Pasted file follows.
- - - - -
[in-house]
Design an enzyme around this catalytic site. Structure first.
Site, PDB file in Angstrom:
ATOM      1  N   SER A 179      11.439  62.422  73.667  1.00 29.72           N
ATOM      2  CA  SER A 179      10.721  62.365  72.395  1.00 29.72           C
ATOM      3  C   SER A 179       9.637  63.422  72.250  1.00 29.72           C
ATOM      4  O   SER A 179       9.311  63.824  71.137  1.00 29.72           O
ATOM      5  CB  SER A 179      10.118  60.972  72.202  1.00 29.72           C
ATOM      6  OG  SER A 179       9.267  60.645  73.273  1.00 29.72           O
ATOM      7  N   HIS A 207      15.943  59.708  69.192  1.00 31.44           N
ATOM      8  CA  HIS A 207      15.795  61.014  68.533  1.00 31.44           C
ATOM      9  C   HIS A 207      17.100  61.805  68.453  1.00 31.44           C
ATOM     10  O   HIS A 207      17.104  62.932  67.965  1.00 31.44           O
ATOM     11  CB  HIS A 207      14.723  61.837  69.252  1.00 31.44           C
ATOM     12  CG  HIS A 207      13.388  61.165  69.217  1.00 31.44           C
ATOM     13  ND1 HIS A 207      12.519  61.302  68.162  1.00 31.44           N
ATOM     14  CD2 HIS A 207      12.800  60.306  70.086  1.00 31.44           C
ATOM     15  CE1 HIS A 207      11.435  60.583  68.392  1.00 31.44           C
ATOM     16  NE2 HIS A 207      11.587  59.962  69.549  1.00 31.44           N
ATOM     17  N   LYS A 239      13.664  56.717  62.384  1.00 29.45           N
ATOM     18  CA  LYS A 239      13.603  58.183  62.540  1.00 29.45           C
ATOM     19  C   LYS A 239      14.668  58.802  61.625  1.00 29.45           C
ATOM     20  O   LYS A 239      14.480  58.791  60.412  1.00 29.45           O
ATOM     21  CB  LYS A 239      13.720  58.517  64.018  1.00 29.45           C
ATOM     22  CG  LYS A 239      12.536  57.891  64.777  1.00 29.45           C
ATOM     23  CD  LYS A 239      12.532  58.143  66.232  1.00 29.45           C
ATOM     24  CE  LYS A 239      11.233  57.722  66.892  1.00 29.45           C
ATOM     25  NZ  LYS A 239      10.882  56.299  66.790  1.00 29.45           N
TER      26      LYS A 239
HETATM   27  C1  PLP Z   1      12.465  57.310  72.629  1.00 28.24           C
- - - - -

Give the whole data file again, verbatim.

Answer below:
[in-house]
Design an enzyme around this catalytic site. Structure first.
Site, PDB file in Angstrom:
ATOM      1  N   SER A 179      11.439  62.422  73.667  1.00 29.72           N
ATOM      2  CA  SER A 179      10.721  62.365  72.395  1.00 29.72           C
ATOM      3  C   SER A 179       9.637  63.422  72.250  1.00 29.72           C
ATOM      4  O   SER A 179       9.311  63.824  71.137  1.00 29.72           O
ATOM      5  CB  SER A 179      10.118  60.972  72.202  1.00 29.72           C
ATOM      6  OG  SER A 179       9.267  60.645  73.273  1.00 29.72           O
ATOM      7  N   HIS A 207      15.943  59.708  69.192  1.00 31.44           N
ATOM      8  CA  HIS A 207      15.795  61.014  68.533  1.00 31.44           C
ATOM      9  C   HIS A 207      17.100  61.805  68.453  1.00 31.44           C
ATOM     10  O   HIS A 207      17.104  62.932  67.965  1.00 31.44           O
ATOM     11  CB  HIS A 207      14.723  61.837  69.252  1.00 31.44           C
ATOM     12  CG  HIS A 207      13.388  61.165  69.217  1.00 31.44           C
ATOM     13  ND1 HIS A 207      12.519  61.302  68.162  1.00 31.44           N
ATOM     14  CD2 HIS A 207      12.800  60.306  70.086  1.00 31.44           C
ATOM     15  CE1 HIS A 207      11.435  60.583  68.392  1.00 31.44           C
ATOM     16  NE2 HIS A 207      11.587  59.962  69.549  1.00 31.44           N
ATOM     17  N   LYS A 239      13.664  56.717  62.384  1.00 29.45           N
ATOM     18  CA  LYS A 239      13.603  58.183  62.540  1.00 29.45           C
ATOM     19  C   LYS A 239      14.668  58.802  61.625  1.00 29.45           C
ATOM     20  O   LYS A 239      14.480  58.791  60.412  1.00 29.45           O
ATOM     21  CB  LYS A 239      13.720  58.517  64.018  1.00 29.45           C
ATOM     22  CG  LYS A 239      12.536  57.891  64.777  1.00 29.45           C
ATOM     23  CD  LYS A 239      12.532  58.143  66.232  1.00 29.45           C
ATOM     24  CE  LYS A 239      11.233  57.722  66.892  1.00 29.45           C
ATOM     25  NZ  LYS A 239      10.882  56.299  66.790  1.00 29.45           N
TER      26      LYS A 239
HETATM   27  C1  PLP Z   1      12.465  57.310  72.629  1.00 28.24           C